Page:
Social Media – Monitoring and reviewing social media pages has become a big part of the player evaluation process in recent years. Scouts are looking to see what the prospect is posting on these platforms (Twitter, Facebook, Snapchat, Instagram).  They are looking for whether the player is posting about football or could there be some red flags involved, such as mentions of guns, violence, drugs or alcohol, etc.?

Work Ethic – As a prospect, teams want to know, are you a hard worker in the weight room, on the practice field, in the class room? These are all things that a player can dictate. One of the most important resources to a NFL scout is the strength and conditioning coach. Scouts are going to ask does this prospect show up for work outs, does he do extra, do you have to push him to give effort?

Medical – This is one that a prospect doesn’t have much control over. In football, injuries happen and they can have an impact on a player’s draft grade. What a prospect does when he endures an injury, how does he attack the rehab and what cautionary steps are taken to prevent re-injury are all questions that NFL scouts will seek answers to when they evaluate a player.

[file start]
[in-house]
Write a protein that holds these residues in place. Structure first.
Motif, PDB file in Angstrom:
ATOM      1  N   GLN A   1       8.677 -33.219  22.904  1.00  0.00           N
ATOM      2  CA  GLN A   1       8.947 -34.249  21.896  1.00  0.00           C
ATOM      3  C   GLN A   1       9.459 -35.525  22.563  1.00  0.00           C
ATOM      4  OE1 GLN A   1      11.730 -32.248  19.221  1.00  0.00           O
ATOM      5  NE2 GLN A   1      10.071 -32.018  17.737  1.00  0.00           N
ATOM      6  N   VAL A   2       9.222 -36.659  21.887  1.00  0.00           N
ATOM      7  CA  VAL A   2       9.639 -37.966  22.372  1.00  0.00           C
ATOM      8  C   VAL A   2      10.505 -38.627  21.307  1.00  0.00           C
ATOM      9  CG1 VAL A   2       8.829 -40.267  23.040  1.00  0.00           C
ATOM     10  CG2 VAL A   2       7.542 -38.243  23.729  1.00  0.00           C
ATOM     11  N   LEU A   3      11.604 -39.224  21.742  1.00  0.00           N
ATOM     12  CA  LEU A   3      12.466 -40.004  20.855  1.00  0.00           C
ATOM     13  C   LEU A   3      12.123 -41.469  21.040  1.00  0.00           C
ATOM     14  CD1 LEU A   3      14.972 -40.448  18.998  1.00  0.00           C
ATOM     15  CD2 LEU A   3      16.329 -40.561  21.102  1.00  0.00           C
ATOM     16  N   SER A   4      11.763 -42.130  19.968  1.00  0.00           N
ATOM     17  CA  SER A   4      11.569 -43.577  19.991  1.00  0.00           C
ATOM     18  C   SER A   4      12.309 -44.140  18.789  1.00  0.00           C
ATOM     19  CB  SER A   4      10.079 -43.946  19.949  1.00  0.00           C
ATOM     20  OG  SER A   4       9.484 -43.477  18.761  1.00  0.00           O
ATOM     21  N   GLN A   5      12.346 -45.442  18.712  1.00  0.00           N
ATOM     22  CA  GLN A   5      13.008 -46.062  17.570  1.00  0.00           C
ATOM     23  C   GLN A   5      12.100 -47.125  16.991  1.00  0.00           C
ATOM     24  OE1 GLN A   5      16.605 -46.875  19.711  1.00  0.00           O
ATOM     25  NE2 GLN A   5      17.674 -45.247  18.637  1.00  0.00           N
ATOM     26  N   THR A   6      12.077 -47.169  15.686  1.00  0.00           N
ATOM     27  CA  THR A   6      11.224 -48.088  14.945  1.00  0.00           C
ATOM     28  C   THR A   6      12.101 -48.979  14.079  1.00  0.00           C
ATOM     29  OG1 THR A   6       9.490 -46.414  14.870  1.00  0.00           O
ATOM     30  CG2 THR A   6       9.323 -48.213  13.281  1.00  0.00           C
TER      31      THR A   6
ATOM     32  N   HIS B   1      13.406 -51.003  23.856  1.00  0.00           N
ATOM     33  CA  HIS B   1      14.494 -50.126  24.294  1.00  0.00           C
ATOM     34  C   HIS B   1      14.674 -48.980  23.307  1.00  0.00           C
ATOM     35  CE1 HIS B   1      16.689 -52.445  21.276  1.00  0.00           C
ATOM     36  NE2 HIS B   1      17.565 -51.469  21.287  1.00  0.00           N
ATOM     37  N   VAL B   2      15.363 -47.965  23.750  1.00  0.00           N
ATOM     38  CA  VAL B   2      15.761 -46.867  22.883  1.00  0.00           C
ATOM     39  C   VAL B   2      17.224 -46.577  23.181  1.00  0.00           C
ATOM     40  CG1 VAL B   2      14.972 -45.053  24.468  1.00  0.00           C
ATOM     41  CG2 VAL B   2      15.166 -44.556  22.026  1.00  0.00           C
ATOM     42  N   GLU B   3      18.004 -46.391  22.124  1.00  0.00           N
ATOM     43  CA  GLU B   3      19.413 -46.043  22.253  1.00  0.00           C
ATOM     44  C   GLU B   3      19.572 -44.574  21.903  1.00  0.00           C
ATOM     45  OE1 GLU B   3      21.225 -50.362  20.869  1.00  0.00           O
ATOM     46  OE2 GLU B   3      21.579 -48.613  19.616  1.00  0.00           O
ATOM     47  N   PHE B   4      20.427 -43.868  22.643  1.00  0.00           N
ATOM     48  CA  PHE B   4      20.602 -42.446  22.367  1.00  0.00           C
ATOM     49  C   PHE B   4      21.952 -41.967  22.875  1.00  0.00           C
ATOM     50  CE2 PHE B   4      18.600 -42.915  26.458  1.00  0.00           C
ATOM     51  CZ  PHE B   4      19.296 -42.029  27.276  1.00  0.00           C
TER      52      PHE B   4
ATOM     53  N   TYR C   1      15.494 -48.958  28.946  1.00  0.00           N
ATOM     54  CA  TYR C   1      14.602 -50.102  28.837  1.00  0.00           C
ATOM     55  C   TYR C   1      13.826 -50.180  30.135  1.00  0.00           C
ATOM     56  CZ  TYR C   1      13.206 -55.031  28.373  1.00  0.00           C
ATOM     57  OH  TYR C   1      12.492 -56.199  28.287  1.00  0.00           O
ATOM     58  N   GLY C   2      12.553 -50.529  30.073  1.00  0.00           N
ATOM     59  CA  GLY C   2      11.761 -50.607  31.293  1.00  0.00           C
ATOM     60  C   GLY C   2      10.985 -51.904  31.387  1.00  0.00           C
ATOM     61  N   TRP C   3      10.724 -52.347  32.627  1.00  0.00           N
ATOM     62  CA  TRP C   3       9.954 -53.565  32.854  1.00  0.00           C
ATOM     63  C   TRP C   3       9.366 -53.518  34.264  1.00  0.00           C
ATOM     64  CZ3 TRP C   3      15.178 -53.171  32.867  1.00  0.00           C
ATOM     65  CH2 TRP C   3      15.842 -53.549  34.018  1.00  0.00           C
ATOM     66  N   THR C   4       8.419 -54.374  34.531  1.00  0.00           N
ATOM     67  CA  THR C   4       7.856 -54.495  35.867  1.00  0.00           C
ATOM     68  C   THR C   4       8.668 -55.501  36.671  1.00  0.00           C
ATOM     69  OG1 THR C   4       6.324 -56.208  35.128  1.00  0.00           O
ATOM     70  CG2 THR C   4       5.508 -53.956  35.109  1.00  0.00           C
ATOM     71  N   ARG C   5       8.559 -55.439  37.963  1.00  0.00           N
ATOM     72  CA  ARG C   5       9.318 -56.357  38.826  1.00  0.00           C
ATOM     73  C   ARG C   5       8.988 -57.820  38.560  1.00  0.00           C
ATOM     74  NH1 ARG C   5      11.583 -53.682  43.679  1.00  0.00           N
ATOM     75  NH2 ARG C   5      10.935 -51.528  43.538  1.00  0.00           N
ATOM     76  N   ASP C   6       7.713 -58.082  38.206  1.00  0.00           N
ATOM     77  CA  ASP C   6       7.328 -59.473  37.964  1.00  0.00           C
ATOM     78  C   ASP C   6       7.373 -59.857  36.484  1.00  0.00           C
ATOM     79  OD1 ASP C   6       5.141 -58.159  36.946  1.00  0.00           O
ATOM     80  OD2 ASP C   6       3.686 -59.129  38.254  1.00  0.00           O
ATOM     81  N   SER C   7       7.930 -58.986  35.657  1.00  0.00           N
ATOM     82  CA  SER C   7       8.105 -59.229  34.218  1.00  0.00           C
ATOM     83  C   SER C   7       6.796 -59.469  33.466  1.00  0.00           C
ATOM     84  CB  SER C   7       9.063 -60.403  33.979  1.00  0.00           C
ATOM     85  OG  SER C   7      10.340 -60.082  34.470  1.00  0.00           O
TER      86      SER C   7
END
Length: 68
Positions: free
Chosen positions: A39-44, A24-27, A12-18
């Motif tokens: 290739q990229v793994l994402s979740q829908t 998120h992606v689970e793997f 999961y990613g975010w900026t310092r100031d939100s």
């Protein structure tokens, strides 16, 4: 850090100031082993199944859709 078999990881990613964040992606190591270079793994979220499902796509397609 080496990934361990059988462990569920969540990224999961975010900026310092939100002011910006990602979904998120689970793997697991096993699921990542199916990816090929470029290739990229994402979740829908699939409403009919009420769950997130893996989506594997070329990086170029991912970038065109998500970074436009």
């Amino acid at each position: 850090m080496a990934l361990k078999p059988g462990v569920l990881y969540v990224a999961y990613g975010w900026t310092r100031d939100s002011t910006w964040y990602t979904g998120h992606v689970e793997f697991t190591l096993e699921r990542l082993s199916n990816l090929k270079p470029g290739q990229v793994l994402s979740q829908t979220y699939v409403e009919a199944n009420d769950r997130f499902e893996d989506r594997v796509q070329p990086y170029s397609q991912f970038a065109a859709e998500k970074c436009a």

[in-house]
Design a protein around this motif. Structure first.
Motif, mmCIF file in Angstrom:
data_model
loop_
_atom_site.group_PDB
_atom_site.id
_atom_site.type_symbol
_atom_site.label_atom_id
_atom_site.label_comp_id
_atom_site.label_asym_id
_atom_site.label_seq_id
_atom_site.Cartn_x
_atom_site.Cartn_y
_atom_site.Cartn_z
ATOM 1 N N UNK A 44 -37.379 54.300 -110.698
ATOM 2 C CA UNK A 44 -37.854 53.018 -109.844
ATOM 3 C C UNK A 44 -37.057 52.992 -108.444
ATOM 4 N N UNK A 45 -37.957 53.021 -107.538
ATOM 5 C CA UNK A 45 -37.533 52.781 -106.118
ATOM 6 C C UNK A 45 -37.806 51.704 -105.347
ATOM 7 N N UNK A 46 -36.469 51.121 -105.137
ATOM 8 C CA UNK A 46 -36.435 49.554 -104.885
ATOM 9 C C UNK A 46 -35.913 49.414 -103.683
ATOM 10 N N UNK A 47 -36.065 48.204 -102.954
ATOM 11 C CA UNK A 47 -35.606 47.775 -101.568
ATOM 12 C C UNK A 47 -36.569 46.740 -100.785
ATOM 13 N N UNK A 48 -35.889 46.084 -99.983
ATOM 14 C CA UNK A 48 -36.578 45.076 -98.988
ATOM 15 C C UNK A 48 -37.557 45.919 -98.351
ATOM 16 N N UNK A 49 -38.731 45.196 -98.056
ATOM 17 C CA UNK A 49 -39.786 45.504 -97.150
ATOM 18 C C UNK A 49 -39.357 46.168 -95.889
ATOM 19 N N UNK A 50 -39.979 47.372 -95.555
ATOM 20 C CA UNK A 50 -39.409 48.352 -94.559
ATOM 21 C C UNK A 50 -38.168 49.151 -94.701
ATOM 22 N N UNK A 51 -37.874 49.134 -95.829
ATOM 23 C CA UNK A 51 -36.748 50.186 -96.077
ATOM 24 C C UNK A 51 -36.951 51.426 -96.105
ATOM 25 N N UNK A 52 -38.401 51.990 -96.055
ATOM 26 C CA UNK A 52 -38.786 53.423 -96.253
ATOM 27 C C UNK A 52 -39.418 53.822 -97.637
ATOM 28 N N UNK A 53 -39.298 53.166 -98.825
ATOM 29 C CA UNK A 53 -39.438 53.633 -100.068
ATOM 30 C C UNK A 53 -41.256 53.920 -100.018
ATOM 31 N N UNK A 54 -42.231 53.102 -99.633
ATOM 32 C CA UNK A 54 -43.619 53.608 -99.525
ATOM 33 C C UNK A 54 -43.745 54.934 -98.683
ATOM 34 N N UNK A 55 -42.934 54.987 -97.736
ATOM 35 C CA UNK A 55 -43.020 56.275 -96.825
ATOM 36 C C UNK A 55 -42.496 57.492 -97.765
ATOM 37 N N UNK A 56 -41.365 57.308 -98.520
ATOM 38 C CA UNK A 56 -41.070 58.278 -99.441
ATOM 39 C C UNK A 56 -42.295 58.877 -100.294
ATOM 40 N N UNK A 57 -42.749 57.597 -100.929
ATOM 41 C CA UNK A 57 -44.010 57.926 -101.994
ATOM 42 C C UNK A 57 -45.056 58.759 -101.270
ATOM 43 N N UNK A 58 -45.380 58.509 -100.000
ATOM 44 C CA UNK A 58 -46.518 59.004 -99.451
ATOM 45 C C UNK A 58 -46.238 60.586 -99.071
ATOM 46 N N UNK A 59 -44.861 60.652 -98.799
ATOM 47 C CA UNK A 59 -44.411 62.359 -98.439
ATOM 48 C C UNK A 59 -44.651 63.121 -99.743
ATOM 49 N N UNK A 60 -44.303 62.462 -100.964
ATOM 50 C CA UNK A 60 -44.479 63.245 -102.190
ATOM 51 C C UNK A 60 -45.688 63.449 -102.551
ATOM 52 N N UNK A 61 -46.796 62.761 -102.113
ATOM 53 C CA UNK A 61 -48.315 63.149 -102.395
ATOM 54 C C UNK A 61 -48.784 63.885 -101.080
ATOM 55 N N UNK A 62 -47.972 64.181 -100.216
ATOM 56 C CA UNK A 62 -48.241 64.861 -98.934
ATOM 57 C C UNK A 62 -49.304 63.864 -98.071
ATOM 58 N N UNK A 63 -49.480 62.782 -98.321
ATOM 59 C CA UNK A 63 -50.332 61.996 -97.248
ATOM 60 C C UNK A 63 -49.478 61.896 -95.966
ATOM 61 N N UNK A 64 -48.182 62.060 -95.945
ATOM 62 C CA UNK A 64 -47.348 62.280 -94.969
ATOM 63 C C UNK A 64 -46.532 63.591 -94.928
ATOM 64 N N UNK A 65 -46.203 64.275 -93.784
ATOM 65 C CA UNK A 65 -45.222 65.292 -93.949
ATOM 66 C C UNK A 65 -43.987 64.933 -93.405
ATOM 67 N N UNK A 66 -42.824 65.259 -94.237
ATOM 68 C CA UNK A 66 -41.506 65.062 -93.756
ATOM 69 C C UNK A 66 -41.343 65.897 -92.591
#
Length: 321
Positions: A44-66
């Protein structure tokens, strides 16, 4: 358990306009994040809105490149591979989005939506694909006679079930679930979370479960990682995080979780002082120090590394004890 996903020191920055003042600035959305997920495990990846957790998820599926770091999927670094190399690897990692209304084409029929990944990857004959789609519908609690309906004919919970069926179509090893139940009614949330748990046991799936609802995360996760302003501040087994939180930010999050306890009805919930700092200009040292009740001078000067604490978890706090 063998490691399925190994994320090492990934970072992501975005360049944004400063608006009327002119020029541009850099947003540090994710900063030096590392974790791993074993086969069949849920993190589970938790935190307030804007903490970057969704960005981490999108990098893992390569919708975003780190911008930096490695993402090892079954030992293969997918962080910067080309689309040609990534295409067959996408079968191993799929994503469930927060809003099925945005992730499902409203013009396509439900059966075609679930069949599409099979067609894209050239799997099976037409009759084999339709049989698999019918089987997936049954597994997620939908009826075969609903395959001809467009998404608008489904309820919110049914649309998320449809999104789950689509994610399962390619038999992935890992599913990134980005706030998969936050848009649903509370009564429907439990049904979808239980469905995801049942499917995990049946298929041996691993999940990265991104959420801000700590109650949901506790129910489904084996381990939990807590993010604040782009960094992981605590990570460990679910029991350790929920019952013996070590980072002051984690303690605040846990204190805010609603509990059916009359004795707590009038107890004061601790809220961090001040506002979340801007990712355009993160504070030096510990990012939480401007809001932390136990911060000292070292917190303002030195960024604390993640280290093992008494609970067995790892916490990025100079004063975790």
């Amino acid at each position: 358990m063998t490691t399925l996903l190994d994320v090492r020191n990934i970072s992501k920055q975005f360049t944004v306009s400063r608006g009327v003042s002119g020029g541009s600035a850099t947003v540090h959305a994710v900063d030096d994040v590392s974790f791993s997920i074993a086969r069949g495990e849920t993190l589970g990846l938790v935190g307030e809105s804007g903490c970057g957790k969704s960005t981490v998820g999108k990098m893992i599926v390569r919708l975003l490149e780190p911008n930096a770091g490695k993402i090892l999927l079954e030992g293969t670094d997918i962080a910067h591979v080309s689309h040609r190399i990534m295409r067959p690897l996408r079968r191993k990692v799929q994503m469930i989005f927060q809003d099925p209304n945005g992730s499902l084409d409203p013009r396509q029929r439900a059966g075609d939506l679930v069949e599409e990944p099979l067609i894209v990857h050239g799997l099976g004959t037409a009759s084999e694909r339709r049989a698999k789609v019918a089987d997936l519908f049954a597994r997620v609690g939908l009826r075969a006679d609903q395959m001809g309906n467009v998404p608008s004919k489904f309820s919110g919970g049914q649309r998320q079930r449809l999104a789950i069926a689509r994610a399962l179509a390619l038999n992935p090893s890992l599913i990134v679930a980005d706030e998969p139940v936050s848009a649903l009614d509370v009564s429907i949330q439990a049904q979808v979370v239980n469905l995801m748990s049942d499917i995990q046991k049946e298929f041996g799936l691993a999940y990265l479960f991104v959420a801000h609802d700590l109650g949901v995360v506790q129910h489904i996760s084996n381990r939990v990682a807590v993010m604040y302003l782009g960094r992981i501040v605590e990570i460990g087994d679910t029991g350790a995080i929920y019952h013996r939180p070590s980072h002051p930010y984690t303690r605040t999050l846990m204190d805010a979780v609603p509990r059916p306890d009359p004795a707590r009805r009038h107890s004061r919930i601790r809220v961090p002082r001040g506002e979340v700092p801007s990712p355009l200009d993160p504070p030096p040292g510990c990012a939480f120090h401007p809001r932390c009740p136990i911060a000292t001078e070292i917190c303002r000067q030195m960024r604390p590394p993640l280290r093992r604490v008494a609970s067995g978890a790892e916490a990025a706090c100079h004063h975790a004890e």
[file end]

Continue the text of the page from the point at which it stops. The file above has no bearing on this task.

East-West Shrine Bowl Canceled – What that means for 2021 NFL Draft Prospects

Yesterday the East-West Shrine Bowl canceled their 2021 all-star game, because of Covid-19 concerns. 

The annual college football all-star game, the oldest event of its kind which goes back to 1925 was scheduled to be played on January 23 at Tropicana Field in St. Petersburg, Florida.  From last season’s game there is 98 players on NFL rosters who played on it. 

Because of this there will be one less post-season all-star game for prospects to go to and there is rumors that the NFLPA Collegiate Bowl will not be played either.  The Senior Bowl has said they are still planning on going forward with their event, but it will be something to watch.

All-Star games are especially important for prospects in many ways – Here are some:

  1. Small School or Non-Power 5 prospects get to show NFL scouts that they can play against the best level of competition.
  2. NFL Scouts get to see the prospects go one-on-one and can use this as particularly good evaluation tool.  
  3. NFL Scouts get true measurements (Height/Weight) on a prospect if were allowed to get the spring before Senior season.
  4. NFL Scouts get more time to interview and interact with prospect to help with the overall evaluation.

Countless amount of prospect has raised their draft stock at all-star games or even got on NFL scouts’ radar at an All-Star event, so it is an especially important part of the process that this year could not be happing. 

This could be another factor why some prospects use the NCAA extra year of eligibility and plan to be in the 2022 NFL Draft not the 2021 NFL Draft cycle.